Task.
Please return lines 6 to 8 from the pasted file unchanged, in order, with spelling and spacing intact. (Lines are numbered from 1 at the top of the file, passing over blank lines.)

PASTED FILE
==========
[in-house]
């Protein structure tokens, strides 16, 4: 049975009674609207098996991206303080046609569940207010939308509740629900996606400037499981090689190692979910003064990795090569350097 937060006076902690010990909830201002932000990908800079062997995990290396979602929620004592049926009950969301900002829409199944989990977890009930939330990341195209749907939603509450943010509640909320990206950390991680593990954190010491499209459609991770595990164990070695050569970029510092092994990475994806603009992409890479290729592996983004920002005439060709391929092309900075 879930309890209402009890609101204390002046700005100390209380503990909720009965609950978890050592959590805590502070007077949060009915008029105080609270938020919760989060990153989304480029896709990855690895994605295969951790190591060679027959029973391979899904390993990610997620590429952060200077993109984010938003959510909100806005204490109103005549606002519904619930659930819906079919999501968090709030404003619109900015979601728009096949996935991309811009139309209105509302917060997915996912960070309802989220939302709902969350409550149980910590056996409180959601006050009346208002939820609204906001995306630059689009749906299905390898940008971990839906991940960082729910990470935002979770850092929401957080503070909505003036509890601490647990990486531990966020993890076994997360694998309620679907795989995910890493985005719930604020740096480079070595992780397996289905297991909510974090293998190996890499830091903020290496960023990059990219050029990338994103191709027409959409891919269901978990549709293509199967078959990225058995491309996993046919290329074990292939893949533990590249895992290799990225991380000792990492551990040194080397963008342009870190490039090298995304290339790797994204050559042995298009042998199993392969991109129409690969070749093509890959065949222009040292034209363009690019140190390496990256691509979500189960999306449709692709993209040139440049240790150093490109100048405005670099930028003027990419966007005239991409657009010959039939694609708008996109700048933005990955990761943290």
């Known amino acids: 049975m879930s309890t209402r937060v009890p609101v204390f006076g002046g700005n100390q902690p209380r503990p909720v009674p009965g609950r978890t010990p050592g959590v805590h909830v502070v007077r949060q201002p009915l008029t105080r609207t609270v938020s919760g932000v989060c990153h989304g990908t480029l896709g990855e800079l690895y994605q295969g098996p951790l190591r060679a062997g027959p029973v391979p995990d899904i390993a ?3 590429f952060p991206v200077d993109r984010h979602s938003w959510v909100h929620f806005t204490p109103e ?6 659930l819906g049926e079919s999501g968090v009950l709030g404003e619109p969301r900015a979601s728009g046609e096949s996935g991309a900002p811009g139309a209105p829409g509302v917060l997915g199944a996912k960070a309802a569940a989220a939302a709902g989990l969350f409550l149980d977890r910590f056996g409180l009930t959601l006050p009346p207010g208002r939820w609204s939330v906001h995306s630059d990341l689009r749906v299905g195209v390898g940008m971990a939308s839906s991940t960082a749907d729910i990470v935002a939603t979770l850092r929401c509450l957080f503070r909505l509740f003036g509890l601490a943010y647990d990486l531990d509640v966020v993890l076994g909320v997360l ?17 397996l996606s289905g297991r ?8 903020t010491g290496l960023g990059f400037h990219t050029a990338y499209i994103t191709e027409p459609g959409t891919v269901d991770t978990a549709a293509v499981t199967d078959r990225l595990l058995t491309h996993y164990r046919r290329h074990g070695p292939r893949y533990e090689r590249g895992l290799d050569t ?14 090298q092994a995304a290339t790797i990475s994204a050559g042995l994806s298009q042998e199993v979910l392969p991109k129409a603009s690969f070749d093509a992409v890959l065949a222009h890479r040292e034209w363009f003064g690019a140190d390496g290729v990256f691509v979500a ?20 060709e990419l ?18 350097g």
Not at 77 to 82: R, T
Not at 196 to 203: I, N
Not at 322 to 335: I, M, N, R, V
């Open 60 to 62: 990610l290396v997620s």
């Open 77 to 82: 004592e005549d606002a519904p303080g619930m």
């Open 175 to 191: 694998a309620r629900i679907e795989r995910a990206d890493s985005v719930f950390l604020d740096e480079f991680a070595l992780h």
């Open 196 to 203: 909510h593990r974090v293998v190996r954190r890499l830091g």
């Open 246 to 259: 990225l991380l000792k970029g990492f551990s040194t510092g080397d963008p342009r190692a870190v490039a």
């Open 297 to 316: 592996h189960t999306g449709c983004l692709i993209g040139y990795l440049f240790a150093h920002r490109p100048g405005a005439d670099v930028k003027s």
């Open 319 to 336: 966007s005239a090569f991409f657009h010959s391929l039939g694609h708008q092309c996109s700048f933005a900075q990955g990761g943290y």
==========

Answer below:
Not at 322 to 335: I, M, N, R, V
């Open 60 to 62: 990610l290396v997620s």
């Open 77 to 82: 004592e005549d606002a519904p303080g619930m």